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Saturday, October 12, 2019

October 12: Cinnamon Swirl Apple Pie

If you’ve followed this blog over the years, you’re no stranger to apple pies. 

I’ve featured crumb ones and Dutch ones and pink ones and puff pastry ones and zucchini ones and award-winning ones. I’ve even done apple butter ones! And don’t forget the apple pie truffles and fudge and cookies and even body scrub! (Sheesh. I seem to be obsessed with apple pie. I honestly had no idea!)

Well, guess what? I’ve got another one for you today. (I had to! We went apple picking last weekend, after all.) 

It’s a cinnamon swirl apple pie. I didn’t take new photos of how to deal with the apple filling because I used my classic method of handling apples. You can find all of the ins and outs of the filling process—how to peel, core, slice, and season your apples—in my Award-Winning Apple Pie post.

The magic of today’s pie post is in the crust. 

I saw this for the first time sometime last year scrolling through facebook. I think it’s a recipe. Here’s the link.

I made it last year for Thanksgiving and took some photos along the way thinking I'd share on here at some point. I found those photos recently and couldn't remember exactly how I'd done it (I know I didn’t totally follow the source recipe's directions because they were vague and several of the comments in the comment section weren’t glowing.) So I made it again yesterday so I could take note of the process. 

My results were delicious both times (that much I do recall) but some of the stuff I tried this year (to get a bit more dough to work with, for instance) didn't end up improving the look of the pie. I explain those in the steps below. 

Here’s how to do this thang.

Cinnamon Swirl Apple Pie


For crusts--
2 refrigerated pie crusts 
2 Tablespoons butter, melted
4 teaspoons ground cinnamon

For filling--
4-5 medium apples (about 2-2.5 pounds)
1 Tablespoon lemon juice (the fresh stuff, not that abomination in the bottle. If you're allergic, it's okay to leave it out. Otherwise, put it in. You can't actually taste the lemon when cooked, but it brightens up the flavor of the apples, plus cuts back on apple oxidation, aka, turning brown before baking.)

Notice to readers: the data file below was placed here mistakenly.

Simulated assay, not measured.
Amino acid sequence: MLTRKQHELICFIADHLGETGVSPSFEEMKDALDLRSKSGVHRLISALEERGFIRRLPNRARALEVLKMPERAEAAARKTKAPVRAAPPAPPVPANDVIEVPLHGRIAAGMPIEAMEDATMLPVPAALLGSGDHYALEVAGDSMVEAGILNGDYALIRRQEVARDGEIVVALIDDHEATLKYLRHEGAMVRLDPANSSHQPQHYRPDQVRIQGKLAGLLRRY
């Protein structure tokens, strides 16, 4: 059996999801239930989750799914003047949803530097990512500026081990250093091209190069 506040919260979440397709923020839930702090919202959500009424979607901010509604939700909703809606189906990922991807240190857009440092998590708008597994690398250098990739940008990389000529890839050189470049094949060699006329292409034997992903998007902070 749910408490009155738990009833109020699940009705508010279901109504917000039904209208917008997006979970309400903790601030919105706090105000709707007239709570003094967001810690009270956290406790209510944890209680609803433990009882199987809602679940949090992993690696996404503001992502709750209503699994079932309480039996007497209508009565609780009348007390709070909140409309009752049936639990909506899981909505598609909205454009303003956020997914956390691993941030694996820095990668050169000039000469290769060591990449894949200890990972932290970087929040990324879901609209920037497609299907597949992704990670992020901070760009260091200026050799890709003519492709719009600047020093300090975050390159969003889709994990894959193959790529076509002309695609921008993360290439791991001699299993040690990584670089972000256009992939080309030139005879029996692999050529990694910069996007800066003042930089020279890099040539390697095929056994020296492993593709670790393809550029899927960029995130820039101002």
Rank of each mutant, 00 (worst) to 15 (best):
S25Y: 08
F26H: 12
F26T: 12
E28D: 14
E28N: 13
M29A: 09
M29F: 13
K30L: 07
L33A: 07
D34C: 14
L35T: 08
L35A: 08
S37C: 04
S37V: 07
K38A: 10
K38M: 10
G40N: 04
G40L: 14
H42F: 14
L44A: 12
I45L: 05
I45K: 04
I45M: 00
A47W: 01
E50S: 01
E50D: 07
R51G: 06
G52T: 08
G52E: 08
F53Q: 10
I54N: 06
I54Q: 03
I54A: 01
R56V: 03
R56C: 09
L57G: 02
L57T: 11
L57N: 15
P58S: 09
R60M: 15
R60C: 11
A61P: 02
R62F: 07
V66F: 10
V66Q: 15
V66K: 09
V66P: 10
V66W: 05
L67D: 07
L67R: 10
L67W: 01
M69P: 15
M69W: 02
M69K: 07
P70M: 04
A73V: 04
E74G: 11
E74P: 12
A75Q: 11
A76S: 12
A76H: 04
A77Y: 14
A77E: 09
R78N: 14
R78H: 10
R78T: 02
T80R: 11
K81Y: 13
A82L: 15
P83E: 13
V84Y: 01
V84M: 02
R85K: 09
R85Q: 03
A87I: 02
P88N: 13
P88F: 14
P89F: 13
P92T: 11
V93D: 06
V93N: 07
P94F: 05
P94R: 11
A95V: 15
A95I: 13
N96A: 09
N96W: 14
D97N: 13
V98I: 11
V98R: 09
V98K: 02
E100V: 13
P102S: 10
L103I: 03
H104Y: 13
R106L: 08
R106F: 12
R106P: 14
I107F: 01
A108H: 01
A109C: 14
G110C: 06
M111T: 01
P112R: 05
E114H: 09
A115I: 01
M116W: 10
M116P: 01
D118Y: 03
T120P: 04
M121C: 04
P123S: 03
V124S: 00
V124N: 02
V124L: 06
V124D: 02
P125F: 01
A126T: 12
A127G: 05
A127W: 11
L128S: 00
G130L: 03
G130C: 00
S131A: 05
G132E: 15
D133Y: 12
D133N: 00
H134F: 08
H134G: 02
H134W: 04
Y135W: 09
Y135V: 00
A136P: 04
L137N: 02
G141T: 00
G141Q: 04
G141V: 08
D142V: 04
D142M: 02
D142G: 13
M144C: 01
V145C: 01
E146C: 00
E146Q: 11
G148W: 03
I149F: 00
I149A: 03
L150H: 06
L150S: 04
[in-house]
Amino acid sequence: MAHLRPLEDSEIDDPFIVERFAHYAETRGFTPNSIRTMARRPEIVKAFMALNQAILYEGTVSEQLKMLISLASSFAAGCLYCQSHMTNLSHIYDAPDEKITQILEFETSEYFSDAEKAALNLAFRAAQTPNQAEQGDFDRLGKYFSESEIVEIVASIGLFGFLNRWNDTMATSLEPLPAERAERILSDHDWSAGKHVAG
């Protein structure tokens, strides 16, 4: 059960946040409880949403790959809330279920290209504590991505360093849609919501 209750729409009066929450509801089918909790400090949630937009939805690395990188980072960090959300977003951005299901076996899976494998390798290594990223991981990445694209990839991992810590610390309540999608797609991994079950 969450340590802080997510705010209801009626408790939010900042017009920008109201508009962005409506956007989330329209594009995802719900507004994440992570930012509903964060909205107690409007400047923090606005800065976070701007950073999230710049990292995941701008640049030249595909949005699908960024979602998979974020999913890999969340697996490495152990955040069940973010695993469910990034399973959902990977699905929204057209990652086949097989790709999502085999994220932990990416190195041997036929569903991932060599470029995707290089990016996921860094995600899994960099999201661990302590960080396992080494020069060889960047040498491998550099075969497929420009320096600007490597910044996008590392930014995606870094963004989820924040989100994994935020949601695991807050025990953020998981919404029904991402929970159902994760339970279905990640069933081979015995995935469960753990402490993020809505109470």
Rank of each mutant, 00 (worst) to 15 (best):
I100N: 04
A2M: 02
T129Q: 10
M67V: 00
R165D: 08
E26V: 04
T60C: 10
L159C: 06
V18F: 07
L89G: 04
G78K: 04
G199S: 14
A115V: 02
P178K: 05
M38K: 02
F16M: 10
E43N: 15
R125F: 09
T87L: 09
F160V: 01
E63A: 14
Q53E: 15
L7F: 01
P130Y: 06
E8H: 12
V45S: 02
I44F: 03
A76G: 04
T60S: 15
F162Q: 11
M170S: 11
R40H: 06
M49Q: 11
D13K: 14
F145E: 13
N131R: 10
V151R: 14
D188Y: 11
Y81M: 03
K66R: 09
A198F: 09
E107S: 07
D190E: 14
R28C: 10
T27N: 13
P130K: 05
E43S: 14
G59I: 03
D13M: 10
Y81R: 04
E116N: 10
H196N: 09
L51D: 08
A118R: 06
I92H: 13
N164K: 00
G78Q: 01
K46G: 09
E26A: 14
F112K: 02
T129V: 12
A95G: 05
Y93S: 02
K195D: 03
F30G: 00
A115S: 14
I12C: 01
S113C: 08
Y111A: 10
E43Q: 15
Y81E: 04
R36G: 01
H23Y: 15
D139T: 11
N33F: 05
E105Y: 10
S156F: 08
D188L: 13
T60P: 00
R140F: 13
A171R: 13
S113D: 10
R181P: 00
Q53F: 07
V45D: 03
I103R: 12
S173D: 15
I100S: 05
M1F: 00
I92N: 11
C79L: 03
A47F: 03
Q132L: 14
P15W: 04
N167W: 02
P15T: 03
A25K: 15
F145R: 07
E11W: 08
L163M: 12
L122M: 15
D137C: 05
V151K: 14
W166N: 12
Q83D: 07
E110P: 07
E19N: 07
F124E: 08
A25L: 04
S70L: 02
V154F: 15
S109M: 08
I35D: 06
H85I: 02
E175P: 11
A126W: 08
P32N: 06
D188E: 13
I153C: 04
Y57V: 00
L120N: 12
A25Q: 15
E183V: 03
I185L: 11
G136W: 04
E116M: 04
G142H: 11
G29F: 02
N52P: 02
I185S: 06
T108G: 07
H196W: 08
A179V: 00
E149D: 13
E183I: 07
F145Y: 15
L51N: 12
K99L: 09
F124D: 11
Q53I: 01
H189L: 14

2 Tablespoons all-purpose flour 
1/2-3/4 cup white sugar (this amount is dependent on how sweet your apples are and how sweet you like your pies. I always taste my apples as I'm slicing them to determine how much tartness I need to overcome with the sugar.)
1/2 teaspoon cinnamon
1/4 teaspoon pumpkin pie spice


1.     Preheat the oven to 375 degrees.
2.     Prepare apples according to these directions.  
3.     Turn a 9” pie dish (not deep dish) upside down and trace it onto a piece of parchment paper. 
4.     Unroll one thawed pie crust on a Silpat mat or piece of parchment. 

Optional stepI didn't do it the first time I made this, but I did it yesterday to see if it helped with my roll-up yield. It did give me extra roll-ups to work with. But with the rolling out you do in Step 8, having a few extra didn’t seem to make a huge difference except perhaps in a negative way because my swirls weren't as pronounced in the final product. Ultimately, I wouldn't do it next time. 

      Use a rolling pin and, working from the center and moving outward, roll out the dough so that it increases in size to about 13” across. (If you can get it in a rectangle, that’s the ideal shape for uniform rolls later, but I didn’t have a rectangle either time I did this and it was still fine with the circles.

Here you can see the difference in size between the un-rolled crust
and what it looks like right out of the box. 
5.     Brush with 1 Tablespoon melted butter. 

Sprinkle with 2½ teaspoons ground cinnamon (you could also use cinnamon sugar which I did the first time I made this). 
Just cinnamon
Roll up tightly. 
Rollin' --
Rollin' -- 
Rollin' up the pie dough!
Slice into ¼” rounds. (You can see from some of the photos I did a better job keeping to the ¼” thickness on one crust than another. The other ones are closer to ½” thickness. That impacted my cinnamon roll-up yield. Because of Step 8, this also ended up not being too big a deal. Though there were more of them, the thinner circles just had less room to stretch out when rolled.)